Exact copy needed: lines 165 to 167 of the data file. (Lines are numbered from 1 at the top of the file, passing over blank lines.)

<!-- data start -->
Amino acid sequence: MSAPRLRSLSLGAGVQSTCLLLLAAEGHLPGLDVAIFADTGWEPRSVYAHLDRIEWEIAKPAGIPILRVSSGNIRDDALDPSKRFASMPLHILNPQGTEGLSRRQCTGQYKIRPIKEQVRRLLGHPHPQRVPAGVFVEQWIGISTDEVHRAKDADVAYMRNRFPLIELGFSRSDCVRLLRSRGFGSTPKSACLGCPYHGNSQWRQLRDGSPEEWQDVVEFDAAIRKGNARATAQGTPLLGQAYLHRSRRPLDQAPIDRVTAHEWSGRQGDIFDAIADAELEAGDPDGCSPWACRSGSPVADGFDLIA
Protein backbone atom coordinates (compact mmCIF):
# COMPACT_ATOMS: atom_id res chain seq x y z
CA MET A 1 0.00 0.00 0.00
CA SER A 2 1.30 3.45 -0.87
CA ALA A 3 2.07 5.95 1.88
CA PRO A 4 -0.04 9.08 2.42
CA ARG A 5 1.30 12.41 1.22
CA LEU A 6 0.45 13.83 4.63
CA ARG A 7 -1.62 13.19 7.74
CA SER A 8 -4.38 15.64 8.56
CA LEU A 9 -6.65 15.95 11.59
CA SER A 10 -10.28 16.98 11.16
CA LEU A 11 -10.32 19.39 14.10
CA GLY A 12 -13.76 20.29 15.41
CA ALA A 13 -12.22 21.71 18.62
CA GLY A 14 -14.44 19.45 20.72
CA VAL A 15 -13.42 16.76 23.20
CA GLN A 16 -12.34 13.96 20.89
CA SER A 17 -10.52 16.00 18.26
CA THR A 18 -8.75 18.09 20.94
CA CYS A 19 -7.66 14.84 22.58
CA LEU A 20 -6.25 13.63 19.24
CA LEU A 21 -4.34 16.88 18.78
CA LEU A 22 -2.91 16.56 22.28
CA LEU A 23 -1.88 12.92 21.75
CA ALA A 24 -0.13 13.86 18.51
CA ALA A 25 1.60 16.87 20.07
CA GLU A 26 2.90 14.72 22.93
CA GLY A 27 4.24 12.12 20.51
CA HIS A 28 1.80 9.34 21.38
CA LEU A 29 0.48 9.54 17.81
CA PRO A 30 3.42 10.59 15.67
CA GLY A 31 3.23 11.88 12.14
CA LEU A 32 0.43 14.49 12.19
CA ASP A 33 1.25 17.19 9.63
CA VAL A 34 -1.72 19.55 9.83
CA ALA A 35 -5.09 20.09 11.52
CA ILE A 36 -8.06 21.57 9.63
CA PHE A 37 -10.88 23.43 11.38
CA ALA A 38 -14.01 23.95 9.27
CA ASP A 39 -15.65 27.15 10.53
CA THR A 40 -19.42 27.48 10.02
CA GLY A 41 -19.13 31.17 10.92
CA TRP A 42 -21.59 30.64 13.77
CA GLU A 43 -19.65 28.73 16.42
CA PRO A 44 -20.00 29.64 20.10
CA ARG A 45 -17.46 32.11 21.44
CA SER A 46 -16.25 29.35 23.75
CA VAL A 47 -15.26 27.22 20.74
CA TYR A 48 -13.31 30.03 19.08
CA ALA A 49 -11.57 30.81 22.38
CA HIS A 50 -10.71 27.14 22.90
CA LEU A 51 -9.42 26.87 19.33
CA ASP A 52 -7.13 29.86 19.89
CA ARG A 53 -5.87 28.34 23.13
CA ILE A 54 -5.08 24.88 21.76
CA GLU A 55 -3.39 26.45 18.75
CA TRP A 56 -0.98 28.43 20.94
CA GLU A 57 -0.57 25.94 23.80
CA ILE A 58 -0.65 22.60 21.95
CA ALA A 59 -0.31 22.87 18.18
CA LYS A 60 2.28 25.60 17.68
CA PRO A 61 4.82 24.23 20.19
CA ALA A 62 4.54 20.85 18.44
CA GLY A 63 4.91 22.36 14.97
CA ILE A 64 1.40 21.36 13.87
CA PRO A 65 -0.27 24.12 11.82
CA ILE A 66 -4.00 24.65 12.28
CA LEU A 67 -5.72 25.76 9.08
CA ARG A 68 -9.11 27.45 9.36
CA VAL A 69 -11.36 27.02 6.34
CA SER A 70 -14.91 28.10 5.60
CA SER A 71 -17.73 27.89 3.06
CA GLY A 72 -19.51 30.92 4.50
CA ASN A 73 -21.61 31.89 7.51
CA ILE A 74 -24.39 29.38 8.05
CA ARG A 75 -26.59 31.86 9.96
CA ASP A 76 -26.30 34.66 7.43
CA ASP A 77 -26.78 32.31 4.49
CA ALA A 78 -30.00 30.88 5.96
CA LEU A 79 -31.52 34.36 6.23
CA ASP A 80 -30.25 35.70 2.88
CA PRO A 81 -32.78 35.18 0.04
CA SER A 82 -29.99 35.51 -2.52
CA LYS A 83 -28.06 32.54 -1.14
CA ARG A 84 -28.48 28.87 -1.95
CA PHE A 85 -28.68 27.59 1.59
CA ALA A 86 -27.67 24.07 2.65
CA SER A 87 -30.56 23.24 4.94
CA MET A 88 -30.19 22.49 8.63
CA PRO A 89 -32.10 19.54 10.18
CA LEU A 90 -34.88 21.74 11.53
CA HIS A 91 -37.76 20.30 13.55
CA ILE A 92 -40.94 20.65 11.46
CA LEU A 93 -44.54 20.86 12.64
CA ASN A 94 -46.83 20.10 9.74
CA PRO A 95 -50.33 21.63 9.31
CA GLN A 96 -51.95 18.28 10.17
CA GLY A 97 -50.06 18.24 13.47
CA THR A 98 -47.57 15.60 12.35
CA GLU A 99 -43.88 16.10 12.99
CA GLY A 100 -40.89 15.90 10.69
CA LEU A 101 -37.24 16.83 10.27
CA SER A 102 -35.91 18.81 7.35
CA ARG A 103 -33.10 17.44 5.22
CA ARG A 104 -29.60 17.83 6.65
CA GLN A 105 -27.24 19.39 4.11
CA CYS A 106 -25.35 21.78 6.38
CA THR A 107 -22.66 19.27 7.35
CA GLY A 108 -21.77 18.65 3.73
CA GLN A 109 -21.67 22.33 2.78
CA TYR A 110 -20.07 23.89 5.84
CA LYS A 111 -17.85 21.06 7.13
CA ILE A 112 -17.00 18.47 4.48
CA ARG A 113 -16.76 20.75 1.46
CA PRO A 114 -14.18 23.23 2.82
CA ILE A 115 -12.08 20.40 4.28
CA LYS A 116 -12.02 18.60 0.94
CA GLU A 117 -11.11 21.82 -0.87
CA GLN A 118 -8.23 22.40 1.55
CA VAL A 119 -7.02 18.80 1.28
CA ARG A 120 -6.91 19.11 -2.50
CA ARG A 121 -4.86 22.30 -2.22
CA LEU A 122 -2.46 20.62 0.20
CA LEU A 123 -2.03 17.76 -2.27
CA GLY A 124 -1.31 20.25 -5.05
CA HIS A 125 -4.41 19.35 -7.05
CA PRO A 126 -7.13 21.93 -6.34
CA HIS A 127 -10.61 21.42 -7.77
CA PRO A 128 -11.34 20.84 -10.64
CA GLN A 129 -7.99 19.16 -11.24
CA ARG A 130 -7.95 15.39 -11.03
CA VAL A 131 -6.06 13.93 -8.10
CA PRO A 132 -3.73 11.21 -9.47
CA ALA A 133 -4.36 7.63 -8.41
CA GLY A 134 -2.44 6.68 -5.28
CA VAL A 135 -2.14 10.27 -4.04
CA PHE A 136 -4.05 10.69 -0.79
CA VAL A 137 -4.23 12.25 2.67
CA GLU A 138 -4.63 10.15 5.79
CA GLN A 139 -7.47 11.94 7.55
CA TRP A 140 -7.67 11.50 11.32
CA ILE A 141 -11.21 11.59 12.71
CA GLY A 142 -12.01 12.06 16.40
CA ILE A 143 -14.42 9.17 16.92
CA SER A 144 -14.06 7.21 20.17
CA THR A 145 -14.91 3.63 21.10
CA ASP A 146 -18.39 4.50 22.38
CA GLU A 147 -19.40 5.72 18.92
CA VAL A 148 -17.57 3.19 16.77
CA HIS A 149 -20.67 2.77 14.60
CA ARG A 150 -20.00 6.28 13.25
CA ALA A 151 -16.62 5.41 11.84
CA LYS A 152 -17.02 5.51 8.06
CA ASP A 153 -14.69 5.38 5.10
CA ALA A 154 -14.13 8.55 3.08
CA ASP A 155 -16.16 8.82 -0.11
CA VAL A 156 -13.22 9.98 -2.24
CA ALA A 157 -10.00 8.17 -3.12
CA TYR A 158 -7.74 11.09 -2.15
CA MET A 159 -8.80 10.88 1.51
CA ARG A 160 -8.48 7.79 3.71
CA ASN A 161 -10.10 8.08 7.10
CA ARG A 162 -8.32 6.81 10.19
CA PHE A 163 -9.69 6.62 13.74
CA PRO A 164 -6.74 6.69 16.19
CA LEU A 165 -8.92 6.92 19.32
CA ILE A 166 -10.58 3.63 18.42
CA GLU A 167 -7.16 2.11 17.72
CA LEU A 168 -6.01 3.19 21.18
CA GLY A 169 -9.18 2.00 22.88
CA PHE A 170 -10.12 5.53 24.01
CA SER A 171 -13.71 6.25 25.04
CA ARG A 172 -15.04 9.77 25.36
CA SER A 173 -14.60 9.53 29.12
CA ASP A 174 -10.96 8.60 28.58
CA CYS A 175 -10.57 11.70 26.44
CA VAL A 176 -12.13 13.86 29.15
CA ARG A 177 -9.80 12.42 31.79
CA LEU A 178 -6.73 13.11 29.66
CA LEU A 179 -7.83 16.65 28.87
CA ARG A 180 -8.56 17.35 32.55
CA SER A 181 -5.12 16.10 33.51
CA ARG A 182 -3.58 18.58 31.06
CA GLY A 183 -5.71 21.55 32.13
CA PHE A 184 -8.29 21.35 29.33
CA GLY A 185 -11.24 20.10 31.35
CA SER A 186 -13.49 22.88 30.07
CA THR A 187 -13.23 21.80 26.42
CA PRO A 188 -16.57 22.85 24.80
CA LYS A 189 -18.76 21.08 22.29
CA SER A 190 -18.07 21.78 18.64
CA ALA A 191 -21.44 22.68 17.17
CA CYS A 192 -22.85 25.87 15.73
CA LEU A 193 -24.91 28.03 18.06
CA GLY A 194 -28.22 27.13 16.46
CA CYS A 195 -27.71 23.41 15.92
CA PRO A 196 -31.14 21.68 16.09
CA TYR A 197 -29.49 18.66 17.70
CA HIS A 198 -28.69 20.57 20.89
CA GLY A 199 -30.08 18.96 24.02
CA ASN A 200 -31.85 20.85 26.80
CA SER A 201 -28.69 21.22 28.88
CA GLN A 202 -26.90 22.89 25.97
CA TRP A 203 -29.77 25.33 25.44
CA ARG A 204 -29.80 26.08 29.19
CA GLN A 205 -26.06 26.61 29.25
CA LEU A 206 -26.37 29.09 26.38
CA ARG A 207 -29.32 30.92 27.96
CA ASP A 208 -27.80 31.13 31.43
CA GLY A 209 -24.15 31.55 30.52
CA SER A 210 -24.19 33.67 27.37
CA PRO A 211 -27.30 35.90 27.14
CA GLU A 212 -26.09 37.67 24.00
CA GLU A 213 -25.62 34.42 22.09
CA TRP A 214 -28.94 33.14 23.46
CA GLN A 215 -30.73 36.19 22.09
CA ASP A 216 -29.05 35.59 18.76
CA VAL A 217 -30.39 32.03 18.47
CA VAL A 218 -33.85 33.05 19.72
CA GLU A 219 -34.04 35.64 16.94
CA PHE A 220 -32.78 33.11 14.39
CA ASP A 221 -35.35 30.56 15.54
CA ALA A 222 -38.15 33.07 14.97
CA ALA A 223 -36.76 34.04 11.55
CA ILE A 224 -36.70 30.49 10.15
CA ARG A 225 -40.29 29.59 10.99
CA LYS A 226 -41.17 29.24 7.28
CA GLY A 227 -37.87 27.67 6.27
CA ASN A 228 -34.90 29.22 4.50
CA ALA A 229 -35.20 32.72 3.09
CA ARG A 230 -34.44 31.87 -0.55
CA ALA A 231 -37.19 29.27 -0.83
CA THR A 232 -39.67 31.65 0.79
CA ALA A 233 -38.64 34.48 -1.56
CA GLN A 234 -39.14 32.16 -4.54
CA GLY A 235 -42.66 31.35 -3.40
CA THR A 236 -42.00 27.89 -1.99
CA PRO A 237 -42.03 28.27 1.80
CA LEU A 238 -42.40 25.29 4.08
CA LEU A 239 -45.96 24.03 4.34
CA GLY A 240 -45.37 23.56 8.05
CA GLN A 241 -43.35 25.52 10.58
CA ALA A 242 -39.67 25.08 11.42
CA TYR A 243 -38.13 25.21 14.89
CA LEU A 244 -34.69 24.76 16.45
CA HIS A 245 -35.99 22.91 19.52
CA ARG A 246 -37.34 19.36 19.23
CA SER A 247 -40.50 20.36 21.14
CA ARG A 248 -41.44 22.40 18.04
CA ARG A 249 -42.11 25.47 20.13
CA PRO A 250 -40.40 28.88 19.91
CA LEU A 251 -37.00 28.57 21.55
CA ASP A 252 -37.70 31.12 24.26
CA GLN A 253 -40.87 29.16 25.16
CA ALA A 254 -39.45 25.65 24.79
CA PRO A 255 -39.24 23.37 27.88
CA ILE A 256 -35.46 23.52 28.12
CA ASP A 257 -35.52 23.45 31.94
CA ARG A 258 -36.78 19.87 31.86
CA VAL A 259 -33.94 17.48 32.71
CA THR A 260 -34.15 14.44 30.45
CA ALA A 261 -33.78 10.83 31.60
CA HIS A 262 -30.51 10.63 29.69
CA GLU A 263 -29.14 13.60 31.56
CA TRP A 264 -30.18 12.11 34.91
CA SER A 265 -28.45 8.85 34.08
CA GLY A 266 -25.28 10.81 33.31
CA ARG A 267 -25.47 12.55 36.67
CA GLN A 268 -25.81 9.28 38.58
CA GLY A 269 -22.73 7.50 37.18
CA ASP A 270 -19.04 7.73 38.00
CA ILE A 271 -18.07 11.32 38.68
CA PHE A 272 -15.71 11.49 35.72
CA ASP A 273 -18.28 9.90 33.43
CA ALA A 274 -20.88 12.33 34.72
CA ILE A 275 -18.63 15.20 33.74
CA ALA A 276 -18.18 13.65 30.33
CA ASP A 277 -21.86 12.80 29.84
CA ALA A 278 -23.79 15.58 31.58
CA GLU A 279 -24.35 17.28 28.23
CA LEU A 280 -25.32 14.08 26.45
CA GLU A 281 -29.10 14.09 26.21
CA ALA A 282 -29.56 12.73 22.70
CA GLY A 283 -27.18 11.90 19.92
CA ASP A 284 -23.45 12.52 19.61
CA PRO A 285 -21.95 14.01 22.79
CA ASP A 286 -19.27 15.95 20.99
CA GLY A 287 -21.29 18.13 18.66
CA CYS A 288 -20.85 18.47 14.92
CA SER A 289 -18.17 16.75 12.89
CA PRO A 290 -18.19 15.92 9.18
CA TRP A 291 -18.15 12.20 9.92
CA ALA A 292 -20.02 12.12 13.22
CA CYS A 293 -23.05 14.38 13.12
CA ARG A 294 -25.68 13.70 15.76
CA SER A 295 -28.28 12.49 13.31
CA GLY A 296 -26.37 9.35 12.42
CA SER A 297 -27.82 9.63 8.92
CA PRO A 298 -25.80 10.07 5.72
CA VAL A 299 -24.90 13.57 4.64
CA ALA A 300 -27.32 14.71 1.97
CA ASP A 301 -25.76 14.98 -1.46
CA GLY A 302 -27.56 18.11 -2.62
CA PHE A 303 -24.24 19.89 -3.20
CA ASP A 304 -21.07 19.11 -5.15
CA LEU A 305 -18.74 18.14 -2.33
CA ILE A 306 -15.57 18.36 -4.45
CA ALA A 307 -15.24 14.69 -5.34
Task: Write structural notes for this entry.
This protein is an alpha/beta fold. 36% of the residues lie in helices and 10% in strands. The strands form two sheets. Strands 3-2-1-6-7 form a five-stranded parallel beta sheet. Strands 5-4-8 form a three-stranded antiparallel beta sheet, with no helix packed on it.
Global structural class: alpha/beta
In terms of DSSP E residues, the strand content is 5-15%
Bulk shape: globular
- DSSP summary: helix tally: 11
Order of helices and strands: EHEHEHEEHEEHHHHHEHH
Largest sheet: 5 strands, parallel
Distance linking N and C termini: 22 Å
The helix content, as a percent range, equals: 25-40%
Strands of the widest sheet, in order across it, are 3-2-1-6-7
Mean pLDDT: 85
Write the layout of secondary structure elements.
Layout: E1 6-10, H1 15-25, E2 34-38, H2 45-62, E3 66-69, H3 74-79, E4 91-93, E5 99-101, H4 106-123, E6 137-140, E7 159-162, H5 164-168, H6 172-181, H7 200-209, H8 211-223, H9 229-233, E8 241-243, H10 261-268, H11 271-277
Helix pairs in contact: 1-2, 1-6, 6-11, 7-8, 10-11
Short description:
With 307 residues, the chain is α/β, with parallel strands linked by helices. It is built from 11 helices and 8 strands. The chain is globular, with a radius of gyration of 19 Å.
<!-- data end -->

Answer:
CA ARG A 162 -8.32 6.81 10.19
CA PHE A 163 -9.69 6.62 13.74
CA PRO A 164 -6.74 6.69 16.19